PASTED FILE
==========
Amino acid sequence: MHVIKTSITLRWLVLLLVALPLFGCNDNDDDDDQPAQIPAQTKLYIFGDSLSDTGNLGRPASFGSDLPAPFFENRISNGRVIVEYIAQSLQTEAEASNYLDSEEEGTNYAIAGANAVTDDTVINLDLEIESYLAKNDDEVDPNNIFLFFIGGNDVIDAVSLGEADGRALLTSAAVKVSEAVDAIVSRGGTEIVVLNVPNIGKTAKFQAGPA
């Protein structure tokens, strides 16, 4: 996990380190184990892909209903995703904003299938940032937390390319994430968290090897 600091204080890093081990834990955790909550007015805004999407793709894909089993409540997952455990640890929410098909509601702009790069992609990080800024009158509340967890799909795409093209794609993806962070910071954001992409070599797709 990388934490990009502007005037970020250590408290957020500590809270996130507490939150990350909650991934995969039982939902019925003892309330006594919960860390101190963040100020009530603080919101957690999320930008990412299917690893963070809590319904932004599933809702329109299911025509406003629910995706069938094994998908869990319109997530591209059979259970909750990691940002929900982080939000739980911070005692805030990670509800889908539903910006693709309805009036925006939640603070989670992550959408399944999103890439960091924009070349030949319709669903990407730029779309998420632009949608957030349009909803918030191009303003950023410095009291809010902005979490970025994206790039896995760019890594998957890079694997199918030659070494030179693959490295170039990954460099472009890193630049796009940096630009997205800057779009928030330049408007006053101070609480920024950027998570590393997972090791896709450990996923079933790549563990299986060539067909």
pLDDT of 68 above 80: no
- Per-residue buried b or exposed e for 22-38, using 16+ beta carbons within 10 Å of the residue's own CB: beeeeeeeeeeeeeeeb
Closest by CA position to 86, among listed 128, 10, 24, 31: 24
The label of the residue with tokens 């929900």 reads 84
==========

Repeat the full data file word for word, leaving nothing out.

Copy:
Amino acid sequence: MHVIKTSITLRWLVLLLVALPLFGCNDNDDDDDQPAQIPAQTKLYIFGDSLSDTGNLGRPASFGSDLPAPFFENRISNGRVIVEYIAQSLQTEAEASNYLDSEEEGTNYAIAGANAVTDDTVINLDLEIESYLAKNDDEVDPNNIFLFFIGGNDVIDAVSLGEADGRALLTSAAVKVSEAVDAIVSRGGTEIVVLNVPNIGKTAKFQAGPA
């Protein structure tokens, strides 16, 4: 996990380190184990892909209903995703904003299938940032937390390319994430968290090897 600091204080890093081990834990955790909550007015805004999407793709894909089993409540997952455990640890929410098909509601702009790069992609990080800024009158509340967890799909795409093209794609993806962070910071954001992409070599797709 990388934490990009502007005037970020250590408290957020500590809270996130507490939150990350909650991934995969039982939902019925003892309330006594919960860390101190963040100020009530603080919101957690999320930008990412299917690893963070809590319904932004599933809702329109299911025509406003629910995706069938094994998908869990319109997530591209059979259970909750990691940002929900982080939000739980911070005692805030990670509800889908539903910006693709309805009036925006939640603070989670992550959408399944999103890439960091924009070349030949319709669903990407730029779309998420632009949608957030349009909803918030191009303003950023410095009291809010902005979490970025994206790039896995760019890594998957890079694997199918030659070494030179693959490295170039990954460099472009890193630049796009940096630009997205800057779009928030330049408007006053101070609480920024950027998570590393997972090791896709450990996923079933790549563990299986060539067909």
pLDDT of 68 above 80: no
- Per-residue buried b or exposed e for 22-38, using 16+ beta carbons within 10 Å of the residue's own CB: beeeeeeeeeeeeeeeb
Closest by CA position to 86, among listed 128, 10, 24, 31: 24
The label of the residue with tokens 């929900």 reads 84